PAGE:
Public Health England Say they’ve Picked Up 16 Cases of New Strain which Shares a Mutation with the Brazil and South African Variants

PHE now has four variants ‘under investigation’ and four more which it describes as ‘variants of concern’

Another new coronavirus variant have been detected in the UK which has a mutation that may help it escape immunity.

There have so far been 16 cases of the new ‘Variant Under Investigation’, temporarily named B1.1.318, Public Health England revealed today.

The new variant was first detected on February 15 through genomic sequencing and officials began monitoring its spread on February 24.

It has the E484K mutation on its spike protein which is also found in the Brazilian and South African variants. Those two strains are also circulating in the UK.

The alteration changes the way the virus looks to the immune system, helping it to dodge antibodies. But antibodies are just one part of what gives Covid survivors and vaccinated patients protection against reinfection.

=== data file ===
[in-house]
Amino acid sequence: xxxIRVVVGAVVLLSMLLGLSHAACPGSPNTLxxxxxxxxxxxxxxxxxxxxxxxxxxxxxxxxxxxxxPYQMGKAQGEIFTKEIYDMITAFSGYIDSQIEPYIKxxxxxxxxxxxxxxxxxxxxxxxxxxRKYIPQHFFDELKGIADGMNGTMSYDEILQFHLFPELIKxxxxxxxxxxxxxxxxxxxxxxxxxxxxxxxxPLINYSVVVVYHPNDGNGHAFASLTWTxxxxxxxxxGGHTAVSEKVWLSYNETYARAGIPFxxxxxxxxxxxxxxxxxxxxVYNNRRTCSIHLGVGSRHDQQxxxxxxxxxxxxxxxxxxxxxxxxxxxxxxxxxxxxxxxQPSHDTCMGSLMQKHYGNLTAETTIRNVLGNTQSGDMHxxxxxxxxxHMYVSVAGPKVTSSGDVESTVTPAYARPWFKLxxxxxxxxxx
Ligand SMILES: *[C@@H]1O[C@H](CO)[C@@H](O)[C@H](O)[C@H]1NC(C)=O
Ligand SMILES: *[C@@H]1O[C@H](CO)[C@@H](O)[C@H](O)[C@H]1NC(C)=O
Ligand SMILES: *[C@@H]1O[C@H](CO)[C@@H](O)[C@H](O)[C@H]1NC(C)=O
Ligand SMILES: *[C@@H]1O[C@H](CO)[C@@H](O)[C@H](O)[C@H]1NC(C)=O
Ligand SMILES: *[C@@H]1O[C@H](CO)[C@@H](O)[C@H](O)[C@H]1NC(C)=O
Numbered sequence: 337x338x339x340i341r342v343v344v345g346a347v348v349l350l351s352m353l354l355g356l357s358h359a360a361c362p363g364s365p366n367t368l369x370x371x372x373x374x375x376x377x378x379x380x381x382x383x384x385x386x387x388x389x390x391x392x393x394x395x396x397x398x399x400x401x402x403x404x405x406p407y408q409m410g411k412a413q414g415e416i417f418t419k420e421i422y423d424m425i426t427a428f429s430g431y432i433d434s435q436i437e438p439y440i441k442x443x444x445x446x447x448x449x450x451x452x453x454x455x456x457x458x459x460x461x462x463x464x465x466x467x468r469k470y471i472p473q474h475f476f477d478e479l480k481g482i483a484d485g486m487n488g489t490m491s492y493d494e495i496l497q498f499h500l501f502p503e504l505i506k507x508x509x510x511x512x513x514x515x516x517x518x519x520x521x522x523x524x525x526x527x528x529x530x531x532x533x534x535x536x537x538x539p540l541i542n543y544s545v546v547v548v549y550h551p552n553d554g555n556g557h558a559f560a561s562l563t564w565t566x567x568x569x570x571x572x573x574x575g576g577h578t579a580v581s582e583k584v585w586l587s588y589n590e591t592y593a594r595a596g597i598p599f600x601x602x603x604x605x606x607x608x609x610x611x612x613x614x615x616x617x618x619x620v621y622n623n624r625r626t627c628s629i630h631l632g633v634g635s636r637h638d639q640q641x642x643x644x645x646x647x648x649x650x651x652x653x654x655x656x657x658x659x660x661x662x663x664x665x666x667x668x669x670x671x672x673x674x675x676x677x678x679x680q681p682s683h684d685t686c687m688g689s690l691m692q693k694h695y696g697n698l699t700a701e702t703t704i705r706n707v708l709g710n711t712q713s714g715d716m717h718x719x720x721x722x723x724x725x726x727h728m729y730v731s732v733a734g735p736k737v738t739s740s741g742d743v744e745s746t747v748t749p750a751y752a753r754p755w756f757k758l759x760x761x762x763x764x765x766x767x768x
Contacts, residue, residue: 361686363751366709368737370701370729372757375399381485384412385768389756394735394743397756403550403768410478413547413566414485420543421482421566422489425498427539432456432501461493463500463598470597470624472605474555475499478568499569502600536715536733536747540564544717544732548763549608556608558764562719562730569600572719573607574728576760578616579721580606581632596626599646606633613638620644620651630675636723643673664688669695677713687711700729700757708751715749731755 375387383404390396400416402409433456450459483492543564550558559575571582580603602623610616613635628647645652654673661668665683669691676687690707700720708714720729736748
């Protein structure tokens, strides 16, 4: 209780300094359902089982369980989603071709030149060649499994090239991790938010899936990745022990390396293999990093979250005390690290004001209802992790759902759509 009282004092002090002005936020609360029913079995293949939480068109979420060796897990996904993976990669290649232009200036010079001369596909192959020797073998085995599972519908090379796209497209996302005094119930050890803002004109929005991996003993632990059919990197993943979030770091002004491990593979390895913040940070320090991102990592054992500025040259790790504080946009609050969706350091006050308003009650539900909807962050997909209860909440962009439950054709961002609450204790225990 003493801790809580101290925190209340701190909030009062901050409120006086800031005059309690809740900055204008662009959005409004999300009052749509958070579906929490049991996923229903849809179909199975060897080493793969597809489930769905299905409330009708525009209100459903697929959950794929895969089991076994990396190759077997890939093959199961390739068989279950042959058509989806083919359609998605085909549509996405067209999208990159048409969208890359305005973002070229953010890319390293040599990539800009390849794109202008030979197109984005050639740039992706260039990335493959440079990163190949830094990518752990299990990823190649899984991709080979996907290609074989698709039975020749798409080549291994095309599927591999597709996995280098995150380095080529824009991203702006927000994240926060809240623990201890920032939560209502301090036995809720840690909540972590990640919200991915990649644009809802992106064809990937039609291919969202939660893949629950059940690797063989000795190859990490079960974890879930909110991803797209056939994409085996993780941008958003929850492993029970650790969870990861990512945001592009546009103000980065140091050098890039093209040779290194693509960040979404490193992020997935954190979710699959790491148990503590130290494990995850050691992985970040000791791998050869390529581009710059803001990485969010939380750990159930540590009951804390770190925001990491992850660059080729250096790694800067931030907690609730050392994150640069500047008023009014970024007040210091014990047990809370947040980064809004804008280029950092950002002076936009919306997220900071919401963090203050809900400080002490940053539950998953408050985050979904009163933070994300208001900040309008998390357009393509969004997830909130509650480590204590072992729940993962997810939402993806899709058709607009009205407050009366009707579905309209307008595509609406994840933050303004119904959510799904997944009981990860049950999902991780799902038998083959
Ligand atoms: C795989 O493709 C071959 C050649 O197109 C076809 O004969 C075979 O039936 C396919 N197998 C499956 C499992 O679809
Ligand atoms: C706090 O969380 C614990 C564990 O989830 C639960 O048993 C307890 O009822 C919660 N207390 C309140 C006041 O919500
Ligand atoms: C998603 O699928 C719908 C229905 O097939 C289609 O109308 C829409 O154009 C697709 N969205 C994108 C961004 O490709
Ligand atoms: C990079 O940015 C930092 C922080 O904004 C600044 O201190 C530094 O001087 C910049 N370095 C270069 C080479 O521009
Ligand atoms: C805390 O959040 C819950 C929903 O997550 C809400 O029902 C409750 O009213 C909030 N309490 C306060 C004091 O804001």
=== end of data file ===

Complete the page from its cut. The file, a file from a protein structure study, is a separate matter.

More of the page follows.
White blood cells play a crucial role in fighting off the virus and scientists say they are ‘not substantially affected’ by current mutated variants.

It means the current crop of vaccines should still be highly effective against strains with the E484K mutation.

PHE said it does not know if it spawned in the UK or was imported from another country. The agency now has four variants ‘under investigation’ and four more which it describes as ‘variants of concern’.

They are the current dominant Kent strain, two imported from Brazil, the South African variant and one which is thought to have originated in Nigeria, as well as two others which cropped up in Bristol and Liverpool.

The new strain announced today does not feature the N501Y mutation that makes the virus spread more quickly.

Scienitsts have said previously that variants without this key change are unlikely to overtake the Kent strain and become dominant anytime soon because they won’t have an ‘evolutionary edge’ over it.

This N501Y mutation, which is found on the Kent, South African and Brazilian variants, means it can bind to cells more easily and is more transmissible.

SOURCE: Daily Mail, Connor Boyd

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